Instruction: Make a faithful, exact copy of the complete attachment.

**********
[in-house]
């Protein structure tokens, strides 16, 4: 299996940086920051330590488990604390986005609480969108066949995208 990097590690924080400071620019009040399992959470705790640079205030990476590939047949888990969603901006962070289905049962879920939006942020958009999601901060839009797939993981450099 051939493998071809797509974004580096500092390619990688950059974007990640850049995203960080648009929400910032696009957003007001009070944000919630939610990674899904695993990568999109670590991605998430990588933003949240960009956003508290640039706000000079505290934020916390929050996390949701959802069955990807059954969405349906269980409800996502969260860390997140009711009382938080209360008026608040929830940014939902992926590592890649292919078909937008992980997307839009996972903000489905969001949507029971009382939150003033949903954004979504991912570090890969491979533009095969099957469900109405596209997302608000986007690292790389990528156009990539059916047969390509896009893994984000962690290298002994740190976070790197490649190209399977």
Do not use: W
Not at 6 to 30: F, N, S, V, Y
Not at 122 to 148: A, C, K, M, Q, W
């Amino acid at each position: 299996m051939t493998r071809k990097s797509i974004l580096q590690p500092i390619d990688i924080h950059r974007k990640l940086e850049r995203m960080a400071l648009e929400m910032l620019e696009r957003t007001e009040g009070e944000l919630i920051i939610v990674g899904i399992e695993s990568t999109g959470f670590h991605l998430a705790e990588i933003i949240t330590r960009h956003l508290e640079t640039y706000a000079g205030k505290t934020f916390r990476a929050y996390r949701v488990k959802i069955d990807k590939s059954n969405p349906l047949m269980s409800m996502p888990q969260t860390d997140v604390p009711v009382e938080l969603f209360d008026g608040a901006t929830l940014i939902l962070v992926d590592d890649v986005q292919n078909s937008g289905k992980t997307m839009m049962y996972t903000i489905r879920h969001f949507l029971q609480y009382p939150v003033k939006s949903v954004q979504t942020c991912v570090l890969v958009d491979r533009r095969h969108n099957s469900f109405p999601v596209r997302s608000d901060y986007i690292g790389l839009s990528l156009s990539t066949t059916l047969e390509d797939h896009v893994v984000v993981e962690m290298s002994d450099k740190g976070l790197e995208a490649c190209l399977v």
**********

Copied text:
[in-house]
């Protein structure tokens, strides 16, 4: 299996940086920051330590488990604390986005609480969108066949995208 990097590690924080400071620019009040399992959470705790640079205030990476590939047949888990969603901006962070289905049962879920939006942020958009999601901060839009797939993981450099 051939493998071809797509974004580096500092390619990688950059974007990640850049995203960080648009929400910032696009957003007001009070944000919630939610990674899904695993990568999109670590991605998430990588933003949240960009956003508290640039706000000079505290934020916390929050996390949701959802069955990807059954969405349906269980409800996502969260860390997140009711009382938080209360008026608040929830940014939902992926590592890649292919078909937008992980997307839009996972903000489905969001949507029971009382939150003033949903954004979504991912570090890969491979533009095969099957469900109405596209997302608000986007690292790389990528156009990539059916047969390509896009893994984000962690290298002994740190976070790197490649190209399977």
Do not use: W
Not at 6 to 30: F, N, S, V, Y
Not at 122 to 148: A, C, K, M, Q, W
């Amino acid at each position: 299996m051939t493998r071809k990097s797509i974004l580096q590690p500092i390619d990688i924080h950059r974007k990640l940086e850049r995203m960080a400071l648009e929400m910032l620019e696009r957003t007001e009040g009070e944000l919630i920051i939610v990674g899904i399992e695993s990568t999109g959470f670590h991605l998430a705790e990588i933003i949240t330590r960009h956003l508290e640079t640039y706000a000079g205030k505290t934020f916390r990476a929050y996390r949701v488990k959802i069955d990807k590939s059954n969405p349906l047949m269980s409800m996502p888990q969260t860390d997140v604390p009711v009382e938080l969603f209360d008026g608040a901006t929830l940014i939902l962070v992926d590592d890649v986005q292919n078909s937008g289905k992980t997307m839009m049962y996972t903000i489905r879920h969001f949507l029971q609480y009382p939150v003033k939006s949903v954004q979504t942020c991912v570090l890969v958009d491979r533009r095969h969108n099957s469900f109405p999601v596209r997302s608000d901060y986007i690292g790389l839009s990528l156009s990539t066949t059916l047969e390509d797939h896009v893994v984000v993981e962690m290298s002994d450099k740190g976070l790197e995208a490649c190209l399977v």